50. TIM STORRIER Cloud Bank (Over the Night Road)
Tim Storrier’s burning objects are among the most recognisable and successful motifs in Australian contemporary art. They dominate his oeuvre and have brought him immense critical and commercial acclaim both in Australia and internationally. Yet their inception was a mere moment of sudden inspiration one evening on an outback trip in 1981. Storrier stuck some steel posts in the arid dirt, tied a rope between them and set it alight, and with it sparked the next decade of his career. Forever enigmatic, Storrier insists he cannot recall why he decided to do it or where the concept came from.1 These mysterious origins are a reminder of the highly personal nature of the process of making art.
Cloud Bank (Over the Night Road) is a truly exemplary Storrier yet its composition is grand in both conception and execution. A glorious shooting star cuts across the sky from right to left and gives the work an abrupt energy, while the various cloud formations sweep from left to right culminating above the burning log, creating a beautifully balanced composition. The log has been intentionally placed in the lower right of the work in order to hero the night’s sky. Immense and visually spectacular skies have always been a dominant force in Storrier’s work, having grown up in the vast Western Plains of New South Wales. This awareness of space, low horizons and infinite skies demonstrates Storrier’s affinity with the Australian landscape. Edmund Capon, former director of the Art Gallery of New South Wales, commented on his works’ uniquely Australian quality, “they could not, I believe, have come from any country other than Australia.”2 Very few artists convey the sense of enormity of the Australian outback more poignantly than Storrier.
Storrier’s artistic practice has always been in opposition to the prevailing trends of the art world. Most artists of his generation have been strongly informed by the anti-object art movements of the 1970s, such as Imants Tillers (born 1950) and Mike Parr (born 1945), or the critical post-modern movements of the 1980s and 1990s.3 Storrier, on the other hand, had little time for cutting-edge art theory or avant-garde concerns, preferring to paint passionately and prodigiously, drawing inspiration from his own experiences of rural Australia. He is one of very few late twentieth century artists to explore the landscape in such detail, as the genre was so deeply dominated in the first half of the century by Australian artistic heavyweights such as Arthur Streeton (1867-1943), Tom Roberts (1856-1931), Arthur Boyd (1920-1999) and Sidney Nolan (1917-1992). Rather than let this history intimidate him, Storrier has brought the tradition into a contemporary context, stepping out from their shadows by creating his own unique visual language. His burning logs and dazzling skies, now iconic imagery in our nation’s contemporary visual culture, have successfully carved a place for himself in the longstanding tradition of Australian landscape painting.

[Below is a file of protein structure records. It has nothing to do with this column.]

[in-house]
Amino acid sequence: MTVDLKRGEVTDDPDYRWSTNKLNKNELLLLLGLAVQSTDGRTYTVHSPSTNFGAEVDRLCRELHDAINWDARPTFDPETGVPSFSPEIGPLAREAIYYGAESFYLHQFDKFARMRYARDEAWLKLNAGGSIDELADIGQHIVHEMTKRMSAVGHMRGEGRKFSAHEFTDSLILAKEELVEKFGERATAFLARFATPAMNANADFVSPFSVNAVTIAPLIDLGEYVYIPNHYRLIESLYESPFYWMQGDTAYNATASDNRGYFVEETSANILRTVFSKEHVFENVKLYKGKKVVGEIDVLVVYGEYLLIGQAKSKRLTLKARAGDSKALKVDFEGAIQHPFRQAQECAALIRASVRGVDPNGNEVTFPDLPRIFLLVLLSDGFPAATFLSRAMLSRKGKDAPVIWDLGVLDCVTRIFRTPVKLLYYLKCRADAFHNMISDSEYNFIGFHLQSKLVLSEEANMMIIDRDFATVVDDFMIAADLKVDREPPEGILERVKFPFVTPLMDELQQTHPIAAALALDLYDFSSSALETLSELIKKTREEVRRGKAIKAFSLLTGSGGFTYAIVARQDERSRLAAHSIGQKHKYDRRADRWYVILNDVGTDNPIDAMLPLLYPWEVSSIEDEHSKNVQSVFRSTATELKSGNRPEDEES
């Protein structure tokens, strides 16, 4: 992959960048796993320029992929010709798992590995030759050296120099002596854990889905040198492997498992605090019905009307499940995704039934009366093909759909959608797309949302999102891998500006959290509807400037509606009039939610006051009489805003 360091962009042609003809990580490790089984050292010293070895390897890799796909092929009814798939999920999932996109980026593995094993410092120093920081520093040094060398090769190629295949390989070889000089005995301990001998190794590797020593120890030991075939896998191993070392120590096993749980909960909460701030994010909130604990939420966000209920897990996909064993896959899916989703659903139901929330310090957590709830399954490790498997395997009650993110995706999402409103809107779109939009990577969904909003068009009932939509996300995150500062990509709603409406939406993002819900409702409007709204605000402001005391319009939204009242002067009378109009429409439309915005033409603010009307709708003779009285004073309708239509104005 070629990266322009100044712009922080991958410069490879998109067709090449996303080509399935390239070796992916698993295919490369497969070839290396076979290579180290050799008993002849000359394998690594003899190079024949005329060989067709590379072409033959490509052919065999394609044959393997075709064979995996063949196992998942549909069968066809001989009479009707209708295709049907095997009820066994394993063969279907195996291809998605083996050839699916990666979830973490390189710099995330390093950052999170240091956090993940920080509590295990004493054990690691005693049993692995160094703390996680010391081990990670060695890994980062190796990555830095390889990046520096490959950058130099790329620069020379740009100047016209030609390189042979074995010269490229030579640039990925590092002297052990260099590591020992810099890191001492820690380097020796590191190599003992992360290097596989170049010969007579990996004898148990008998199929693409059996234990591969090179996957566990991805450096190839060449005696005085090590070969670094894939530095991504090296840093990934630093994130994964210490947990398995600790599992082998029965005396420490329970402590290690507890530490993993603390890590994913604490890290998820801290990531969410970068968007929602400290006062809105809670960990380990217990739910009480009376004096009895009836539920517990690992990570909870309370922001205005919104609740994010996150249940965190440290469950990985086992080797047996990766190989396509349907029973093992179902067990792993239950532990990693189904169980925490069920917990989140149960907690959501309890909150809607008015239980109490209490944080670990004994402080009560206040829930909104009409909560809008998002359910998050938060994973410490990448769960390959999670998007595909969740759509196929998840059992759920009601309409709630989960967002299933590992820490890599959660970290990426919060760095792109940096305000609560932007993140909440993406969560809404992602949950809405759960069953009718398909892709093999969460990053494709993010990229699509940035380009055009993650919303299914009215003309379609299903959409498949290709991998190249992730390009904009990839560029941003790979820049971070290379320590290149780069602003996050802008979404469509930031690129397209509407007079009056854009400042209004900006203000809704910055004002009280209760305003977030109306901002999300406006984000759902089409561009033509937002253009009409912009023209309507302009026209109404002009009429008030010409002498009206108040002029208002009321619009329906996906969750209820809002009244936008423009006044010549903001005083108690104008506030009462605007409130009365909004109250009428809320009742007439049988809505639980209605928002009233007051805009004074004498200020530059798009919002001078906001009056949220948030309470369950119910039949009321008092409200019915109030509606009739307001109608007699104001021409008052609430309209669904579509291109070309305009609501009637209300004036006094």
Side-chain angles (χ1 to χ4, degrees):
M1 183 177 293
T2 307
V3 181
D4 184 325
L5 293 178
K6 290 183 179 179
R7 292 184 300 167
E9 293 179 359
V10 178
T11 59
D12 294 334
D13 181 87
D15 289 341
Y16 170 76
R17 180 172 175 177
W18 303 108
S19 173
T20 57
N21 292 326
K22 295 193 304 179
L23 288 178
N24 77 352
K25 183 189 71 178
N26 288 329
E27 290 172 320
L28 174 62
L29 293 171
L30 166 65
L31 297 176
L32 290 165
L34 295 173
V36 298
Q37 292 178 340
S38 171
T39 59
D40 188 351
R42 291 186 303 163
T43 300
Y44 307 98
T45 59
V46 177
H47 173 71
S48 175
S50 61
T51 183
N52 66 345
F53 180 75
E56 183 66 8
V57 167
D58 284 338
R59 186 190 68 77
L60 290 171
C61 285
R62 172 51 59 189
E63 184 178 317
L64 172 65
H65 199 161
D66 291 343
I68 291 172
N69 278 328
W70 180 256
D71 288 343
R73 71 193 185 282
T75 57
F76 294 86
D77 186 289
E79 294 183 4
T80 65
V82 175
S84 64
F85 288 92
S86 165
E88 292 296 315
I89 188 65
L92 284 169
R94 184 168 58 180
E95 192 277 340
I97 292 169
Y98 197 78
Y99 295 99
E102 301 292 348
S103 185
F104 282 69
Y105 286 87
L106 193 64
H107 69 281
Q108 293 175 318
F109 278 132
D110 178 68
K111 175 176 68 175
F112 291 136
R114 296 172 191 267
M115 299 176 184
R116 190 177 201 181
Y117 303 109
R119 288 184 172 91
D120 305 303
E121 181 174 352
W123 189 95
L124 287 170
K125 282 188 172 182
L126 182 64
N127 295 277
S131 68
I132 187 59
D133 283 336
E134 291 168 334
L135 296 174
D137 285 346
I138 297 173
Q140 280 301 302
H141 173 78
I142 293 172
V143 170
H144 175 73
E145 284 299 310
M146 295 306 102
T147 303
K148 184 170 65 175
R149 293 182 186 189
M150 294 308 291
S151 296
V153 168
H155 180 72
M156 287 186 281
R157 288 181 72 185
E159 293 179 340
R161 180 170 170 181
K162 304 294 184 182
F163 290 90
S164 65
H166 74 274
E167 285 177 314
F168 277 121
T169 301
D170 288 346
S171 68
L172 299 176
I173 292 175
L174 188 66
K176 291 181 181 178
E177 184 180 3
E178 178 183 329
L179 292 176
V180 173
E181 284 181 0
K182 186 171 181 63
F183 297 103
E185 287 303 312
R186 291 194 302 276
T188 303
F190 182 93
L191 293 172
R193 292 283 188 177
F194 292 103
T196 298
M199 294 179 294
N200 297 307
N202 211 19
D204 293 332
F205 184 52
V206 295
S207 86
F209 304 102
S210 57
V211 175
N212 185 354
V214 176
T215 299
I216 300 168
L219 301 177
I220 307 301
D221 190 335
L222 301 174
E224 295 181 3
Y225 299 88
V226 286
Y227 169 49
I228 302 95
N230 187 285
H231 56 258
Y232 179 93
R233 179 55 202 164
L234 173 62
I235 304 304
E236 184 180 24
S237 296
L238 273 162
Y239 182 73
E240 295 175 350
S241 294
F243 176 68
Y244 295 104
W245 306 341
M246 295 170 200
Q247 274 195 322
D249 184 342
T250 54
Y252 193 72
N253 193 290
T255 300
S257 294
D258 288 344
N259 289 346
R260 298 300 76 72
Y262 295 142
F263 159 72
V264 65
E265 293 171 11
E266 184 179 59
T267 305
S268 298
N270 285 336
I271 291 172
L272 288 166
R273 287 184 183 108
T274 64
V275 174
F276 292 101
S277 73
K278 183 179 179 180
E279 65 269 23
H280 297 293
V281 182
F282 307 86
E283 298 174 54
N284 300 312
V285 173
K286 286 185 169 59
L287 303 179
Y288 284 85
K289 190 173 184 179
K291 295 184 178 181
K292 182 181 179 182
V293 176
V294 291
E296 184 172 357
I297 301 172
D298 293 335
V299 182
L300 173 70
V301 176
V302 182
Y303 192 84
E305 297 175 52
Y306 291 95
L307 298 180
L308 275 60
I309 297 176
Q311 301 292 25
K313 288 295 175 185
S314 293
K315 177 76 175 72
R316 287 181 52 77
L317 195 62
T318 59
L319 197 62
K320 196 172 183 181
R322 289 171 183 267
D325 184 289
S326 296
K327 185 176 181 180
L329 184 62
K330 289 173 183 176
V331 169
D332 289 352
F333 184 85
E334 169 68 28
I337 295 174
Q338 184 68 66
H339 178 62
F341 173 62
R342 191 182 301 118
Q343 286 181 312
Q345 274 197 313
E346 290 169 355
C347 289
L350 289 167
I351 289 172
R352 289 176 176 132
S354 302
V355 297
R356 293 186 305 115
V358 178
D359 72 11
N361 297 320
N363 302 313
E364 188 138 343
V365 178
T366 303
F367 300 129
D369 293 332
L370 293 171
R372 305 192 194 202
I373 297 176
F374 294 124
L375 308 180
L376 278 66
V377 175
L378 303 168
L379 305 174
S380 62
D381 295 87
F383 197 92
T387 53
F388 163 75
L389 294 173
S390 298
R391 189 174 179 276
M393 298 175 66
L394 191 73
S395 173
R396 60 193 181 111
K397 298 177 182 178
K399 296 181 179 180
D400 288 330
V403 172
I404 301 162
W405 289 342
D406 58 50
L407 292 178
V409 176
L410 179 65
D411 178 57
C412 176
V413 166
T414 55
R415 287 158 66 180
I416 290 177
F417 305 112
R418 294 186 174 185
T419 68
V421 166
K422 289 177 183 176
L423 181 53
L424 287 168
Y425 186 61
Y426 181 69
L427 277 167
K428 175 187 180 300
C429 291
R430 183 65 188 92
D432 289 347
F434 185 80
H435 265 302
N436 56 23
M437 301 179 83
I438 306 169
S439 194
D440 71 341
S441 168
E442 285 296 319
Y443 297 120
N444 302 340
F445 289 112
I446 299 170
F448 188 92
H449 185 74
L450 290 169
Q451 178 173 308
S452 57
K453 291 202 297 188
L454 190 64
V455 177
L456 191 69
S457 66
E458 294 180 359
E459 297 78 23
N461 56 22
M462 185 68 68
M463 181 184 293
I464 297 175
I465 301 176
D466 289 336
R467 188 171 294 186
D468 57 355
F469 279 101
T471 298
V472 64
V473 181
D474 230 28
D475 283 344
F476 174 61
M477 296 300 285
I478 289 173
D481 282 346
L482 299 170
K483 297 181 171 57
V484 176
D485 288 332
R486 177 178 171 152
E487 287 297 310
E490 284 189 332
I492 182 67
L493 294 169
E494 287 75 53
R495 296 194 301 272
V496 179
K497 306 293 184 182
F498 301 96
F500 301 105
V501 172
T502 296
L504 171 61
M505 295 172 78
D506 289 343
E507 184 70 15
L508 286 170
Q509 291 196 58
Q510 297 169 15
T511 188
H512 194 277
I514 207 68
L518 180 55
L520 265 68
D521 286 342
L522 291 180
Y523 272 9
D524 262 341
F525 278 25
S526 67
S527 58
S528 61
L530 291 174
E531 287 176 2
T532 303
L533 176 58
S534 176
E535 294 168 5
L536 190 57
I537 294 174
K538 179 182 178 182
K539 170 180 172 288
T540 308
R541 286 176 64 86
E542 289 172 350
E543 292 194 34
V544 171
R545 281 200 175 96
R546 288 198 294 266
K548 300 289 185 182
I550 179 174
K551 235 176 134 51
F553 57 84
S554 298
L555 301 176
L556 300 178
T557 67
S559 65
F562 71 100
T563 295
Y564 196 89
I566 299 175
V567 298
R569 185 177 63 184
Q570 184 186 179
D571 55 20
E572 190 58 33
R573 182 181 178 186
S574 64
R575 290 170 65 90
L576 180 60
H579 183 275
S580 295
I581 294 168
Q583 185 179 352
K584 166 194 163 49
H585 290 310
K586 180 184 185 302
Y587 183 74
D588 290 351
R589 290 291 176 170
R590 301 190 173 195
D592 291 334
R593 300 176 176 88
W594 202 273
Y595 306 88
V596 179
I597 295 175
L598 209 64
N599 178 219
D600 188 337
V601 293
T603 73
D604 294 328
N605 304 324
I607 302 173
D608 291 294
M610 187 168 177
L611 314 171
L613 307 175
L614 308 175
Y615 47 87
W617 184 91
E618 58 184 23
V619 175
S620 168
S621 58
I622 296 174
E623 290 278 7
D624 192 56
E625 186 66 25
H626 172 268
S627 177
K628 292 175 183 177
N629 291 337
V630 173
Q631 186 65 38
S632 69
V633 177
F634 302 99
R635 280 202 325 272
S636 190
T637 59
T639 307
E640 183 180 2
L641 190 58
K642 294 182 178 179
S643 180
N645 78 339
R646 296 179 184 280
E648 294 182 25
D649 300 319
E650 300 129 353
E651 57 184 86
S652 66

One of the most impressive elements of Storrier’s practice is how he combines his skill for precise rendering with his grand visions of surreal and highly imaginative imagery. For example, in the present work he has meticulously painted each star as an individual pinprick of light seemingly shining from behind the canvas, exactly as they appear in reality. Yet despite this accuracy of detail and the natural subject matter, there is an obvious fantastical quality to the work and a certain mystical symbolism in the burning log and shooting star. In the same moment the work is both natural and fantastical, real and imagined.
- Lumby, C., Tim Storrier: The Art of the Outsider, Craftsman House, Sydney, 2000, p.45
- Capon, E., cited in Lumby, C., Tim Storrier: The Art of the Outsider, Craftsman House, Sydney, 2000, p.8 3. Lumby, C., op.cit., 2000, p.12
Asta Cameron BA, MA (Art Curatorship)